The Smart Approach to College “Room and Board”

While parents whose kids are just starting out in college have every reason to be excited about children growing up and finally making their own way in the big, wide world, the costs associated with their leaving home can be a bit of a downer. With the average cost of room and board in a college dorm approaching $10,000 a year, parents have every right to be concerned about the expense of it all, and that’s without even mentioning the tuition fees.

College town properties

College kids off to school. © mangostock -

But while there’s not a lot that can be done about the cost of tuition, smarter and savvier parents can at least do something about the price of their kid’s accommodation for the four years they’ll be studying at uni. Instead of throwing all that money away, one of the fastest growing trends among the parents of college-bound kids is to invest in a home near college instead.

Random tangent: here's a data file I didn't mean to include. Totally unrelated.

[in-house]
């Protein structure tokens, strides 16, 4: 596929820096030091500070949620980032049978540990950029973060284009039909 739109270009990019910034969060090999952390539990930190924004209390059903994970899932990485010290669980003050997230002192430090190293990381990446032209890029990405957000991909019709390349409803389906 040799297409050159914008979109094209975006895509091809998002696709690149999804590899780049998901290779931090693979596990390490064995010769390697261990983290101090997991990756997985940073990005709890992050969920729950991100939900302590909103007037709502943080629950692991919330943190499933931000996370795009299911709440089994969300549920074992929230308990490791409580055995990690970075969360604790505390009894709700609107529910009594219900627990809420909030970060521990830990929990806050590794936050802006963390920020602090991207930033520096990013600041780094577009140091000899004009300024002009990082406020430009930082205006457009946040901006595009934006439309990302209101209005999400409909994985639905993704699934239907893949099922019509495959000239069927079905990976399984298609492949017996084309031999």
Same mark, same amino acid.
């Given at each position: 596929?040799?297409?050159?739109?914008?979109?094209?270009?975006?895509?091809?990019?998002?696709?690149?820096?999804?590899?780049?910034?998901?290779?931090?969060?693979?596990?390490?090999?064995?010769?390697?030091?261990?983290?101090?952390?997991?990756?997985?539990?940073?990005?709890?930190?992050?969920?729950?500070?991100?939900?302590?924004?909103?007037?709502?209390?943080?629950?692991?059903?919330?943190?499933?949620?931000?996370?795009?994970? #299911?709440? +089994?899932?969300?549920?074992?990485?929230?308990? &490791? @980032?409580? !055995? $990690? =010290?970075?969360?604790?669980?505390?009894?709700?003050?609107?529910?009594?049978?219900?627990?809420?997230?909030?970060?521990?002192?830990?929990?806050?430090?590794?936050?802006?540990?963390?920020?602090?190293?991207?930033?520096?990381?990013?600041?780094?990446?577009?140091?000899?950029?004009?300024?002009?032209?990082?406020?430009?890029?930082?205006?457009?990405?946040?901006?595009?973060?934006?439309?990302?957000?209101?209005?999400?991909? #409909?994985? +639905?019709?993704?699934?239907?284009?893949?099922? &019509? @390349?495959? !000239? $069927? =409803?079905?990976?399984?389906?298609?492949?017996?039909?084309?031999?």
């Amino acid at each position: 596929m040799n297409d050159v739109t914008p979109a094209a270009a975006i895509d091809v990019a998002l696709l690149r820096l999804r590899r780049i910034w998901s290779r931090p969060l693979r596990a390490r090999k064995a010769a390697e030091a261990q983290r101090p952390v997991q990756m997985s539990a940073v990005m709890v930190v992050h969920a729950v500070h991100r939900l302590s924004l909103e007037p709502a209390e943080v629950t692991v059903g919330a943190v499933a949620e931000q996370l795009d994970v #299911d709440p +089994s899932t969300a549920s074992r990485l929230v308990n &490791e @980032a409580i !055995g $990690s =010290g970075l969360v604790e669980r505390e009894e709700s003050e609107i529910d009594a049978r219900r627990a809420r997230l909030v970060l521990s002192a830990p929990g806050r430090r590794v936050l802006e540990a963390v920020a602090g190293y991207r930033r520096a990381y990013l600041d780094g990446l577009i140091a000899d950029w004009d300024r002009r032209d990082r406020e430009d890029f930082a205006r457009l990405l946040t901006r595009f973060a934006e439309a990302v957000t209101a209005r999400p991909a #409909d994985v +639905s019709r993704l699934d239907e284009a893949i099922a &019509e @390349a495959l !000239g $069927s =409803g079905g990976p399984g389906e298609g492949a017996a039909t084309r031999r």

As CBS News reports, “Parent Investors” are on the rise, with nearly 64% of Coldwell Banker agents saying that they had dealt with a buyer of this type.

The benefits are obvious.  Real estate is at an all time low, more affordable now than it has been for years. With the median cost of a four-bedroom home in most college towns being less than $250,000, buying such a property works out to be a very smart investment for those parents in a position to do so.

The price of property in college towns does vary of course. In Stanford UCLA, Los Angeles, the median price for a four bedroom home is $833,087, which is probably beyond the means of most parents. But if your kid is going to study at a place near Ball State University, Muncie, Indiana, then the $105,000 asking price seems very reasonable indeed. Get some renters in there to share the home with your kids and suddenly you’re laughing all the way to the bank.

A very smart investment indeed.

About Mike Wheatley

Mike Wheatley is the senior editor at Realty Biz News. Got a real estate related news article you wish to share, contact Mike at